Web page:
Monday, September 28, 2009


We were in the Uxbridge Pavillions mall today, shopping for various household items. We couldn't find one item, a down comforter, a duvet some call it. Every store had only synthetic microfiber duvets. Robin sat on a mall bench to snack on an apple we'd just bought. I was standing nearby, snacking on my apple turnover (hey, it's apple!) and noticed Robin was talking to an elderly lady. I figured she was asking the lady where we could find a down comforter (yes, she was) and I couldn't wait to remind her that local Brits never have a clue anytime we ask them where something is. Not even if it's a historic battlefield a few blocks away. Or how about the time it was the historic Inner Temple (where effigies of the Knights Templar are laying on the temple floor) that was half a block away from the men she asked. Admittedly, there's so much ancient history around here, people seem to block it out, like so much noise. For instance, at the Malt Shovel Robin asked a waitress how old the Tudor style building was, and the girl looked at us like the thought had never ever entered her mind. "Oh my, I wouldn't have any idea." She had a "Why would anyone want to know a silly thing like that?" look on her face.

To my astonishment, the elderly lady suggests "Deben's" in the other mall, The Chimes, just a block away. Of course, you have to know that when she says "Deben's," you're actually looking for a store pronounced "Deben's" but whose name is spelled "Debenham's." Brilliantly, we found the store and the down comforter.

Thanks to the elderly lady, from now on I'm going to cut the Brits some slack on the instructions thing.

As we left the store I grabbed this shot of a Debenham's employee in the display window. I consider myself open minded, but come on, get a room.


Monday sunset photo

Monday's sunset from the window of my UK office. Another residence hall - I mean office building - is seen next door. There's usually an airplane in this scene, taking off from Heathrow airport, 15 minutes away.

Barges vs. Narrow Boats

Our friend Laura pointed out in a comment that as a Mississippi Delta native, there's a difference between what I call a barge and a real barge, as in on the Mississippi River. She's right. I should have used the term Narrow Boat, although the Narrow Boats are sometimes called barges, I assume because they have barge qualities: they have flat bottoms and float in very shallow water.

In the future, I'll refer to the English boats as Narrow Boats. It sounds cooler, it's more accurate, and Laura is a Mississippi Delta expert if ever there was one. And probably a barge expert. She's been around the barge a few times, if you know what I mean. This is not her first barge rodeo, if you catch my drift.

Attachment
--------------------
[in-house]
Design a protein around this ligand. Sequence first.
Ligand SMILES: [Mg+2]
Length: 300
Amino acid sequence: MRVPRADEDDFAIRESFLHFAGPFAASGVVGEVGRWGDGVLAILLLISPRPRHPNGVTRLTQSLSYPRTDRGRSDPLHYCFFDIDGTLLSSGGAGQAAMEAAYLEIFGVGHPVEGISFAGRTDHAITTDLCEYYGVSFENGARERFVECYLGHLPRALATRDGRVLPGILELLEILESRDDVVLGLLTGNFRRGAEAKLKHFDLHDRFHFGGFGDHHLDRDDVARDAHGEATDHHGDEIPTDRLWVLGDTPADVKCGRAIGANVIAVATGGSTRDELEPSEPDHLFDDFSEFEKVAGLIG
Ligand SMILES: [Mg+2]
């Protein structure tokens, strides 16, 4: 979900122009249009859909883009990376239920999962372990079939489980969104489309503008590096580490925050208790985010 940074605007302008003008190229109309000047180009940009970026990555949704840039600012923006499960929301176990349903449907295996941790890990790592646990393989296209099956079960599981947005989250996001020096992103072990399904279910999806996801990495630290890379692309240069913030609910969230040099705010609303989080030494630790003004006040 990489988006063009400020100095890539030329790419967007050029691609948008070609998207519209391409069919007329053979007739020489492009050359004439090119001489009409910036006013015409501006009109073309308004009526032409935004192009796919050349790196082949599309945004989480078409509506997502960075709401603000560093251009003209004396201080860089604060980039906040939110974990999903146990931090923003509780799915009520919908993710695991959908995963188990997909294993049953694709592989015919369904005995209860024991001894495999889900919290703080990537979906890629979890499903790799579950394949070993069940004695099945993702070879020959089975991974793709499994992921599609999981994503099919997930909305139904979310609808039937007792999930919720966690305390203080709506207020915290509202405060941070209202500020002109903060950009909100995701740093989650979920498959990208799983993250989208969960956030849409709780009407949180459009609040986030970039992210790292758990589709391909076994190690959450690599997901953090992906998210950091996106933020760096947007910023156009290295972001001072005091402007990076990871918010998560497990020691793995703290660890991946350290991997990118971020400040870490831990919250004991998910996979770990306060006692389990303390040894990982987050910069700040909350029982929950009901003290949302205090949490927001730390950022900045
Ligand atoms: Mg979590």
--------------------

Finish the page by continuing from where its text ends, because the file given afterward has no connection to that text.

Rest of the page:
Thanks for the comment, Laura.

A barge, as in "you're not gonna see one of these in an English canal, parked near a pub."

A Narrow Boat, as in "you probably won't see one of these on Ol' Man River."

Averaging two fire-alarms a week

And that's just in our own residence hall, Shoreditch. If you count fire alarms that we could hear coming from other halls, the number is 5 or 6 alarms a week. The first one in our hall was mid-evening, but the one last night was at 1:15am. Every room has an alarm siren mounted above the door, inside the room. Which means it's about 10 feet from you when you're in bed asleep. When it goes off, it pretty much wakes the dead, not to mention everyone on this side of the campus. We jump up, throw on clothes, hustle down 5 flights of stairs, then stand outside until Security shows up, turns off the alarm, and OKs everyone to return. During the first fire alarm, the second day we were here, a couple from Taiwan told us it happens 2 or 3 times a week (and they've been here for two months). I didn't believe him at the time, but I do now. Makes you wonder how much fun it'll be when it's pouring rain, or freezing cold. Or both.

Robin holds her ears while evacuating via the stairwell during a fire alarm. I'm sure many students will have permanent damage to their hearing before the semester ends. I once sat on the front row of a Led Zeppelin concert, and it was like a soothing lullaby compared to the siren used here.


My pal/sports buddy, Ces (Robin's brother-in-law), is playing in a golf tournament soon with some college friends and wanted a "Super Senior" image for tournament T-shirts.

Being at Brunel without my Wacom pressure-sensitive tablet, or a desk (Robin was using the small desk in our flat), I was able to do a drawing in my European office, JTmobile Studio, also known as "the couch."

JTstudios, Euorpean office.

Drawing in Photoshop, from an unfamiliar position, with a mouse, doesn't improve one's drawings. Freehand drawing with a mouse is about half a notch easier than using an Etch-a-Sketch (the plastic box that turned millions of potential artists into disturbed children who hated drawing). Luckily, I gave up on Etch-a-Sketch before it permanently damaged me.

It's OK for this to be a crummy sketch, because I'll place it as a template in Adobe Illustrator and redraw it using vector drawing tools, which are much easier to control using a mouse than the pixel-based drawings you can do in Photoshop.

The Illustrator version. Time restraints and other deadlines (Robin's book) forced me to eliminate the golf bag with clubs spilling out that's visible in the rough sketch. Hope it works for you, Ces. It was fun.